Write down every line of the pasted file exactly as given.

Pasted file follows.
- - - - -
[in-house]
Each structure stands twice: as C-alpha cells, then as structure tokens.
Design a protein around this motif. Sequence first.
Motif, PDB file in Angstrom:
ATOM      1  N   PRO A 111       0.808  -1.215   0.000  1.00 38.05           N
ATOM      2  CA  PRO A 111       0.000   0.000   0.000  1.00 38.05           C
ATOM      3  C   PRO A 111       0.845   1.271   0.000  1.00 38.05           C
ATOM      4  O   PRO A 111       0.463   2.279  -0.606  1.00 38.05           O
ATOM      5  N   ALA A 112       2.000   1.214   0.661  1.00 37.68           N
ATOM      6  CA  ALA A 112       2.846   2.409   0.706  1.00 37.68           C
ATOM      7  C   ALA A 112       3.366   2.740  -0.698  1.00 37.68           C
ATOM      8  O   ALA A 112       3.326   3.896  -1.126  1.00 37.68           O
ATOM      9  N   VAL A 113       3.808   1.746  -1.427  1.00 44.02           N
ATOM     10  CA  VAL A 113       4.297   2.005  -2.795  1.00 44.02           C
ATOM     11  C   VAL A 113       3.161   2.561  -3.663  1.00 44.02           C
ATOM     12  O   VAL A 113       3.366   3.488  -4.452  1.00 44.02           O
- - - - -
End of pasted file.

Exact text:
[in-house]
Each structure stands twice: as C-alpha cells, then as structure tokens.
Design a protein around this motif. Sequence first.
Motif, PDB file in Angstrom:
ATOM      1  N   PRO A 111       0.808  -1.215   0.000  1.00 38.05           N
ATOM      2  CA  PRO A 111       0.000   0.000   0.000  1.00 38.05           C
ATOM      3  C   PRO A 111       0.845   1.271   0.000  1.00 38.05           C
ATOM      4  O   PRO A 111       0.463   2.279  -0.606  1.00 38.05           O
ATOM      5  N   ALA A 112       2.000   1.214   0.661  1.00 37.68           N
ATOM      6  CA  ALA A 112       2.846   2.409   0.706  1.00 37.68           C
ATOM      7  C   ALA A 112       3.366   2.740  -0.698  1.00 37.68           C
ATOM      8  O   ALA A 112       3.326   3.896  -1.126  1.00 37.68           O
ATOM      9  N   VAL A 113       3.808   1.746  -1.427  1.00 44.02           N
ATOM     10  CA  VAL A 113       4.297   2.005  -2.795  1.00 44.02           C
ATOM     11  C   VAL A 113       3.161   2.561  -3.663  1.00 44.02           C
ATOM     12  O   VAL A 113       3.366   3.488  -4.452  1.00 44.02           O